We figured out I had selective mutism a few years ago, when, thinking I was shy, my mom brought me to a therapist to help get some mental tools to get me to open up more. When that did not work, the therapist suggested that I might have selective mutism, and I should see a specialist. At this point, we started doing some research, and everything matched that I would have selective mutism. Actually finding out that something could define what I was feeling made me feel much better and less alone than before. Because it helps to know that other people are similar to me and that I am not alone. Finally, we saw a therapist that specialized in selective mutism, and she started helping me. That helped me a bit because she understood me, but it still did not completely help. Selective mutism is always a challenge in everyday life, and I am constantly struggling with it. 

Having selective mutism means I also have a lot of unvoiced thoughts and comments. That builds up a bunch, and sometimes it helps to write it down. That’s part of what got me to start making this. Just because I don’t say much doesn’t mean I don’t think much or feel much. Sharing it with similar beings can help a ton.


Just say hi. Easy, right? Wrong. 

All my mom wants is for me to be polite. She and I both know that I am too old to not have basic manners. She is not asking me to have a conversation; just to say hi. But when I am faced with having to speak, my body won’t let me. I get butterflies in my tummy and I get really anxious. Anytime anyone asks me a question or even if I just have to say hi, I feel like I want to run and hide.  It feels like I am warring with myself. I tell myself to talk, but my mouth won’t open. No matter how many times I go over what I want to say, I just can’t. 

Here’s an example: my mom just wants me to say hi to a girl my age who I see four times a week at the barn where we ride horses. I know that she is nice and I know that we have a lot in common. We could talk about horses or other things we both like that make me comfortable. I know that if I just SPOKE, I could be better friends with her, but my mouth JUST WON’T OPEN. Normally she ends up being the one starting the conversation and I am barely able to get out ‘hi.’ Even once I get over that, I normally can’t get out more than a few words. I feel really frustrated with myself because I want to talk to her, but I can’t.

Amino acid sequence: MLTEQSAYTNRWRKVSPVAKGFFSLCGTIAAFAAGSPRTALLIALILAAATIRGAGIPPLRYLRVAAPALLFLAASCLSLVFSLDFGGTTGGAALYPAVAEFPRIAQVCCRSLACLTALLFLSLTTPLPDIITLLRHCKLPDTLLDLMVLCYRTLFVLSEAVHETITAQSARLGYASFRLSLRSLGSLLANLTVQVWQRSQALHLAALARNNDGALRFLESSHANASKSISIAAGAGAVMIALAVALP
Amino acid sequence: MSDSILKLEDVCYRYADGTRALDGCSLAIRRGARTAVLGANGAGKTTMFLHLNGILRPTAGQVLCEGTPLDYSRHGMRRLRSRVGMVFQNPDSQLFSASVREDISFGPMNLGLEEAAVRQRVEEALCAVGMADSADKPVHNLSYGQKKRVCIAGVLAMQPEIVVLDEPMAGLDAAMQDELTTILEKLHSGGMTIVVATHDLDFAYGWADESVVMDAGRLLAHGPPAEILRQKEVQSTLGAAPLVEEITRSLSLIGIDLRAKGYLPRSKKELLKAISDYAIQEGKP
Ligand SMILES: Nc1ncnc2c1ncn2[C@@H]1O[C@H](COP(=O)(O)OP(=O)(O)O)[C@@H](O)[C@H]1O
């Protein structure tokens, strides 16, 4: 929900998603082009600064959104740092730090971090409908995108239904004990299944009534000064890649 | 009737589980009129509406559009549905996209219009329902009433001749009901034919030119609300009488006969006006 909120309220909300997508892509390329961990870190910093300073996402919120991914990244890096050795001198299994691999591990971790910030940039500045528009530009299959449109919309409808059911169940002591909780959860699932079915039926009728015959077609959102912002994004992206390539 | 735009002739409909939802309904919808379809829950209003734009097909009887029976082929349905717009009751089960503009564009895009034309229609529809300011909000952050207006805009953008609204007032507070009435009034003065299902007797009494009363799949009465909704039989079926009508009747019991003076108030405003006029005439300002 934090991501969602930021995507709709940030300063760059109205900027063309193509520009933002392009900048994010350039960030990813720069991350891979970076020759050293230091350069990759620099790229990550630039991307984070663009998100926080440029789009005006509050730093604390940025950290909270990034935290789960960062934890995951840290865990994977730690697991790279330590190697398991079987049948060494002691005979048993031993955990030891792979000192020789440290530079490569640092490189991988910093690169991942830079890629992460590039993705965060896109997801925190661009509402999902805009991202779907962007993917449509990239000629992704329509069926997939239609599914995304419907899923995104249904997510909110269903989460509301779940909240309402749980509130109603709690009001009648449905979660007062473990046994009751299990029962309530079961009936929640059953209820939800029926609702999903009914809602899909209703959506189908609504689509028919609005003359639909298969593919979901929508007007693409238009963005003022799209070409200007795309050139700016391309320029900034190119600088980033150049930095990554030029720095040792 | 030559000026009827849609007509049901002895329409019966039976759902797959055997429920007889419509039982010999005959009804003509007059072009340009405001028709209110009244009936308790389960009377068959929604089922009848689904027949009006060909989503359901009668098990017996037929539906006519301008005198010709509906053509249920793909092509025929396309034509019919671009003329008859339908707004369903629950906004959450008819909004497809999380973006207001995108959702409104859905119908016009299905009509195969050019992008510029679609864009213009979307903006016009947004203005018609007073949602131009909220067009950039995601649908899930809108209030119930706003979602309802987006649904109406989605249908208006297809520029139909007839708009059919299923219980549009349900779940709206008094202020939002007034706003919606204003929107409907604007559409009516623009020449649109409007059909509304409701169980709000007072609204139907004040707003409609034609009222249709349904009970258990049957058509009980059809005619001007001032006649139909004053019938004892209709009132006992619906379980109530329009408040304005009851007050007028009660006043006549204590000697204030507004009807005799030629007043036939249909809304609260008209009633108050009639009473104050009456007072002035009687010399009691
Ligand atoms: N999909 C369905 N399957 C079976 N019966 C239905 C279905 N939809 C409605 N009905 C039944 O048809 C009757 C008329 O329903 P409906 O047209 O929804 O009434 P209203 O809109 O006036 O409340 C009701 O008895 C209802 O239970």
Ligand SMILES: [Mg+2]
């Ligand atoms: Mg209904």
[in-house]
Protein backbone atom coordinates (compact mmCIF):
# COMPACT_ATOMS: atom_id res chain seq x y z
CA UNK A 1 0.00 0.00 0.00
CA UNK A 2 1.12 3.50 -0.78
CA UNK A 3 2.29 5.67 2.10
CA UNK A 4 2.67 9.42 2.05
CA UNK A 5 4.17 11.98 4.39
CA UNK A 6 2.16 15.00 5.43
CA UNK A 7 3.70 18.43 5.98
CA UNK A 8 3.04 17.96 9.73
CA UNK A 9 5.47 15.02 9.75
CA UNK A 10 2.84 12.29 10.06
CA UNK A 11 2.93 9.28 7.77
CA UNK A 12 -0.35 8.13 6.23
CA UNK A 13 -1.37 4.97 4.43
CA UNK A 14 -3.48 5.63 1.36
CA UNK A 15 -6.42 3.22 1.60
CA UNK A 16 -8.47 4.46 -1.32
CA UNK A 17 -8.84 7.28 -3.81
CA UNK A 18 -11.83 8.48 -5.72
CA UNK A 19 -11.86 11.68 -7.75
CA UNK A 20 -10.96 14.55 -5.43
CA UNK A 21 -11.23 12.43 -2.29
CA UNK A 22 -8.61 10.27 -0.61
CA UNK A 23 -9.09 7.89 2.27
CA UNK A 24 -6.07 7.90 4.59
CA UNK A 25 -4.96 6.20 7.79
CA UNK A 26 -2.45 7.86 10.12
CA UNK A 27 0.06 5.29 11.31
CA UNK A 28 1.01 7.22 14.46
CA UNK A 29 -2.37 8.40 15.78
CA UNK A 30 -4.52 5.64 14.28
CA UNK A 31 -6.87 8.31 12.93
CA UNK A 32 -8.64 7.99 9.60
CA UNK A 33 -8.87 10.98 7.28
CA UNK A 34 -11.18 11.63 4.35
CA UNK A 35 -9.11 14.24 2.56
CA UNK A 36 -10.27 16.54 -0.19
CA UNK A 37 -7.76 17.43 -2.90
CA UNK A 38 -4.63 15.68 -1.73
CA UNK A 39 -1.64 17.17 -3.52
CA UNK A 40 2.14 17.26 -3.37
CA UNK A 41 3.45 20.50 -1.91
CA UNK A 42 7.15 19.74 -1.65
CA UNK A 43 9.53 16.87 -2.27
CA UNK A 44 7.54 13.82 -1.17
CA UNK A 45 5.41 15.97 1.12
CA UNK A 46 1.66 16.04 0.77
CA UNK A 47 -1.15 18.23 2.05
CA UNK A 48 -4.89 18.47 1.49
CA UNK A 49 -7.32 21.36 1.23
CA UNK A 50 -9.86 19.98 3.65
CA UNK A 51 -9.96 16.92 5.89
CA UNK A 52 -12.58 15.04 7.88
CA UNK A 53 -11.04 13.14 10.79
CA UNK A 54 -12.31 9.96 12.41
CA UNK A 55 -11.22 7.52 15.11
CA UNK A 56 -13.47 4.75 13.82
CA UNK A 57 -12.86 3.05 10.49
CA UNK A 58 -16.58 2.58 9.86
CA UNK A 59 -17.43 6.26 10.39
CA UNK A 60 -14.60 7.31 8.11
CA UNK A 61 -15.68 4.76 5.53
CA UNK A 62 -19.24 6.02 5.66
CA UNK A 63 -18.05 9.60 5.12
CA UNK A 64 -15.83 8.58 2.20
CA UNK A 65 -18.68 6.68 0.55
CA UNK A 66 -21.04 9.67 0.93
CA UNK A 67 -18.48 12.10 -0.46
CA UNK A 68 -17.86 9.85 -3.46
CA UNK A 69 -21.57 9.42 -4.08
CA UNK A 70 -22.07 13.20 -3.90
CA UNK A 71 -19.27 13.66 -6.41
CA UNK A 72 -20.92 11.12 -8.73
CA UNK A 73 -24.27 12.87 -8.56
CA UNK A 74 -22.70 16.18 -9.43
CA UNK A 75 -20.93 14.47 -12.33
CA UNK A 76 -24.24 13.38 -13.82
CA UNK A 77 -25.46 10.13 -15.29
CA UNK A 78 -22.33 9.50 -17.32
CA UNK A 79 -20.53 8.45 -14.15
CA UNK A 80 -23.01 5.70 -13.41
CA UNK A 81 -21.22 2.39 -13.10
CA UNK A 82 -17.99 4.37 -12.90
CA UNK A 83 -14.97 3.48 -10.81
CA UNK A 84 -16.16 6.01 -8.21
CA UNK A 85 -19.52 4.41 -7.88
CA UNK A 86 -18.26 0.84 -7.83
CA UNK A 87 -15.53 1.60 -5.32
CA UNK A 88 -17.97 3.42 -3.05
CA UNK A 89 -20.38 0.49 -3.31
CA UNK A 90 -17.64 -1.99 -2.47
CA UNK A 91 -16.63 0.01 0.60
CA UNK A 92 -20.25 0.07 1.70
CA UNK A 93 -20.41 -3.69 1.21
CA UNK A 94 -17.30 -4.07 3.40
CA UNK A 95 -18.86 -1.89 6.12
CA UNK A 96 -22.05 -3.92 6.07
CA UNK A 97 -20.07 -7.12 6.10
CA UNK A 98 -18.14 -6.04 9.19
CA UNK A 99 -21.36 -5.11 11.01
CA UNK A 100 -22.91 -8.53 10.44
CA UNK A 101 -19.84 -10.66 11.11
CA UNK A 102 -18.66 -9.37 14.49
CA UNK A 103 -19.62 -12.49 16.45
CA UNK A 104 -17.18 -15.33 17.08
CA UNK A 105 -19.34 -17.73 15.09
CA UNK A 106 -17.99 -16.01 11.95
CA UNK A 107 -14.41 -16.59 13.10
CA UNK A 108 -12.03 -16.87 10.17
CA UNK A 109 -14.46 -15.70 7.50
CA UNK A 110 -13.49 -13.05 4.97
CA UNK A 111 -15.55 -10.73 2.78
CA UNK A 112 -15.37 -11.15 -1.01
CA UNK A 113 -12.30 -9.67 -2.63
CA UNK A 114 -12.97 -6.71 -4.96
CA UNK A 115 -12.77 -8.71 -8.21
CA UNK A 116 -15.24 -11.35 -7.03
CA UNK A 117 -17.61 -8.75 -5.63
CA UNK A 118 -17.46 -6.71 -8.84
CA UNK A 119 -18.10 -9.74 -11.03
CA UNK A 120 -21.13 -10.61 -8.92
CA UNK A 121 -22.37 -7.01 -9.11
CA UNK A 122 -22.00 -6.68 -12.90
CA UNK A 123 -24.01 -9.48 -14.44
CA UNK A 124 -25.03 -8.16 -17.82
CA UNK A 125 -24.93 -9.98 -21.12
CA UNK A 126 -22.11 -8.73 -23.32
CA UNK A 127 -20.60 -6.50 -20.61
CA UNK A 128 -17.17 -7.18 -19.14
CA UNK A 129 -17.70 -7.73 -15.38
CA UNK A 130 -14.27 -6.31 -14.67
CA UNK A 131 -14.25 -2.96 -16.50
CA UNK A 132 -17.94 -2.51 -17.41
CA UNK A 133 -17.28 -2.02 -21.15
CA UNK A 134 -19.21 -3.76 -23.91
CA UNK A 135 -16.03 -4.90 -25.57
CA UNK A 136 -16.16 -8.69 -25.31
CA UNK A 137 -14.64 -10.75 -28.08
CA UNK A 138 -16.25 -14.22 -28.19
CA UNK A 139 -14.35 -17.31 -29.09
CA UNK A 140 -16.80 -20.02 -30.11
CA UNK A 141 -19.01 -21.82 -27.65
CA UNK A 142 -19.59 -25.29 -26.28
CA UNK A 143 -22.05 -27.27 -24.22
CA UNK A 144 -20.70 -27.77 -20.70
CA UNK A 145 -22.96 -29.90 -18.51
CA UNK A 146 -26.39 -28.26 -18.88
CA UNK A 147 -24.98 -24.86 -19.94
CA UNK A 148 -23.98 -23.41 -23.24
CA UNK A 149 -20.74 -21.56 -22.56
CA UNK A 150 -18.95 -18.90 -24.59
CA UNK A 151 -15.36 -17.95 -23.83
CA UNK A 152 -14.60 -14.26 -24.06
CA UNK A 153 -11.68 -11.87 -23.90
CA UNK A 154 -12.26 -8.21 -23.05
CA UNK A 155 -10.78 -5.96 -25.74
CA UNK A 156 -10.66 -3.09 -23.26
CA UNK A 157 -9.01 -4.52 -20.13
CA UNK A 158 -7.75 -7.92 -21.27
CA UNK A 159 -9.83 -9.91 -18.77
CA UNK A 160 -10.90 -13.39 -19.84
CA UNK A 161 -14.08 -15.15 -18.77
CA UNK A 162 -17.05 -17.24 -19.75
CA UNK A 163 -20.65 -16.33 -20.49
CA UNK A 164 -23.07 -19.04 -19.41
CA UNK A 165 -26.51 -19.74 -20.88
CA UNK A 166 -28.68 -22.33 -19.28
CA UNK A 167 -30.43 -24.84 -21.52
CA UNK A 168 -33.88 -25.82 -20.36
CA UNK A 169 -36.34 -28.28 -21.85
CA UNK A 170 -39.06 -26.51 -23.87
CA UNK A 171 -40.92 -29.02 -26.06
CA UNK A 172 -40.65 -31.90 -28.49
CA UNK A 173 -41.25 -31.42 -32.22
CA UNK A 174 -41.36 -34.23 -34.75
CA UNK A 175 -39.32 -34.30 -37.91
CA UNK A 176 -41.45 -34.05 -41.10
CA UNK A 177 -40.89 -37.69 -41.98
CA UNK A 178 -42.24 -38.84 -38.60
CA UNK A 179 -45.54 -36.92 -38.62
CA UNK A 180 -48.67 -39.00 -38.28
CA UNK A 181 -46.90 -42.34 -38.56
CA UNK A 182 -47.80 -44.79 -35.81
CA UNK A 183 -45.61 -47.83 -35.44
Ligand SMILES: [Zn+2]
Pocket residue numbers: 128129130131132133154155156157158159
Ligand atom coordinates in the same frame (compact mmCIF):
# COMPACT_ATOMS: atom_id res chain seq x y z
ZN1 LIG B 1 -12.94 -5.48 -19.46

Many people think I am rude, but that is not true. I know I come across that way but I can’t help it. Others think I just don’t have a lot to say. Also not true. I actually have a lot to say. But no amount of begging my body to speak will make it obey. I try to talk with motions and body behavior, but there is only so much you can say without actually saying anything. Plus, at ten years old, most other kids are able to have normal conversations. That makes me want to speak even more, but I just don’t know how to get my voice to cooperate. 

I don’t even want a bunch of friends. I just want a handful of close ones who I feel really comfortable around. It makes it even harder for me that I am homeschooled, because I spend most of my time in my room at my computer. I do not get much social time. In my online classes, however, I can get really chatty. It is easier for me to speak online because I am not face to face. 

Every day is a chance to get one step closer to being able to talk.